Thermo-Oxidative Degradation Of Polymersby T. R. Crompton
Pub. Date: 07/30/2010
Publisher: Smithers Rapra Technology
Correct selection of polymer type, the method
The oxidative and thermal degradation of polymers has very important implications on their suitability for particular end-user applications. Particularly in relation to their physical properties and the lifetime over which the manufactured article retains these properties, after which they become unsuitable for purpose.
Correct selection of polymer type, the method of manufacture and the addition of chemicals that slow down the polymer degradation means that manufactured articles can be produced which have suitable processing and end-user physical properties such as tensile strength and avoidance of embrittlement.
Particular applications which come to mind are critical applications of polymers to the manufacture of electronic components and the design of polymeric alloys for aircraft fuselage assembly which retain their properties for many years over which the alloy must retain the physical properties at high or low operating temperatures.
A particular area of growing importance is the recycling of manufactured components for re-use. Here, the polymer must retain its thermo oxidative resistance properties over a number of remouldings
A wide and increasing range of types of polymers are being used in these critical applications and an understanding of thermo oxidative processes will be very important in developing new applications in the future.
This book brings together information on the thermooxidative resistance of polymers to change during processing and end-use life.
Our present understanding of the chemical changes of the polymer that accompany degradation are also reviewed and the analytical methods by which changes can be ascertained are also discussed.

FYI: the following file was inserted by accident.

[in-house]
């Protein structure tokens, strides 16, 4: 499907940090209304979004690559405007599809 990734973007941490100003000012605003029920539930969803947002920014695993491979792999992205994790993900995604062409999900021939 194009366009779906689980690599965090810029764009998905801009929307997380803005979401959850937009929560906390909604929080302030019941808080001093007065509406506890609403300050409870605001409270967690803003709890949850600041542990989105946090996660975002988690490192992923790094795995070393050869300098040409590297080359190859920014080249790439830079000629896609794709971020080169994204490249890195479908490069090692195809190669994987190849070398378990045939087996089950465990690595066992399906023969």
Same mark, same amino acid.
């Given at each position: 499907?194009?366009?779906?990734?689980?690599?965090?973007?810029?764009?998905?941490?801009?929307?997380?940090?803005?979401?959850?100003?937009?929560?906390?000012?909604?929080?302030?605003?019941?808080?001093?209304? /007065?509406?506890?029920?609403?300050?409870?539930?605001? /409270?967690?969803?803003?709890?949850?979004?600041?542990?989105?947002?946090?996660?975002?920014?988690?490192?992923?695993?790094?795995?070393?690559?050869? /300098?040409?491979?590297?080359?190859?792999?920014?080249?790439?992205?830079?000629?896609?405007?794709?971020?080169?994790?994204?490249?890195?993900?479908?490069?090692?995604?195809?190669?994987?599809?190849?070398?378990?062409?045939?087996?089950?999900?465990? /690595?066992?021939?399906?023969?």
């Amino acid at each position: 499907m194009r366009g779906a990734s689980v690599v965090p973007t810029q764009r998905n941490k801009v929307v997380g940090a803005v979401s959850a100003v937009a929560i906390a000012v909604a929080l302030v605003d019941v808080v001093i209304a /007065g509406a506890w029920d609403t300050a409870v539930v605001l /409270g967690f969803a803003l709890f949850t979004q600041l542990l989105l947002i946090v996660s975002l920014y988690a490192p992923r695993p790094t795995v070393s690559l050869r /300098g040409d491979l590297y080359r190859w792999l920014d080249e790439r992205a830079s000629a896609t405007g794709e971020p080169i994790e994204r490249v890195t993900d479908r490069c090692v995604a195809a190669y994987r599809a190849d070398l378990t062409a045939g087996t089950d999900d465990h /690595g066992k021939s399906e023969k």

The principle techniques used in thermooxidative studies are based on thermal analysis methods such as thermogravimetric analysis and differential scanning calorimetry and on methods based on polymer pyrolysis followed by gas chromatography and mass spectrometry and/or infrared spectroscopy of the volatiles produced. Other techniques which have have been include nuclear magnetic spectroscopy, electron spin resonance spectroscopy and methods based on chemiluminescence and positron annihilation lifetime mass spectrometry.
Details of the more important techniques are discussed in Chapter 1. Chapters 2 to 6 are an organised review of recent work. Various classes of polymers, based for convenience on their elemental composition, namely carbon/hydrogen and oxygen or halogen or nitrogen or silicon types of polymers.
This book will be of interest to those involved in the investigation of polymer stability and studies of the mechanics of polymer degradation, to polymer manufacturers and those who use polymers to manufacture end-use articles.
The book will also be of interest to those involved in the manufacture of stabilisers for oxidation resistance for use in polymer manufacture, mechanical engineers and designers of polymer products.
Students engaged in these disciplines will have much to learn about the stability of polymers in critical applications.
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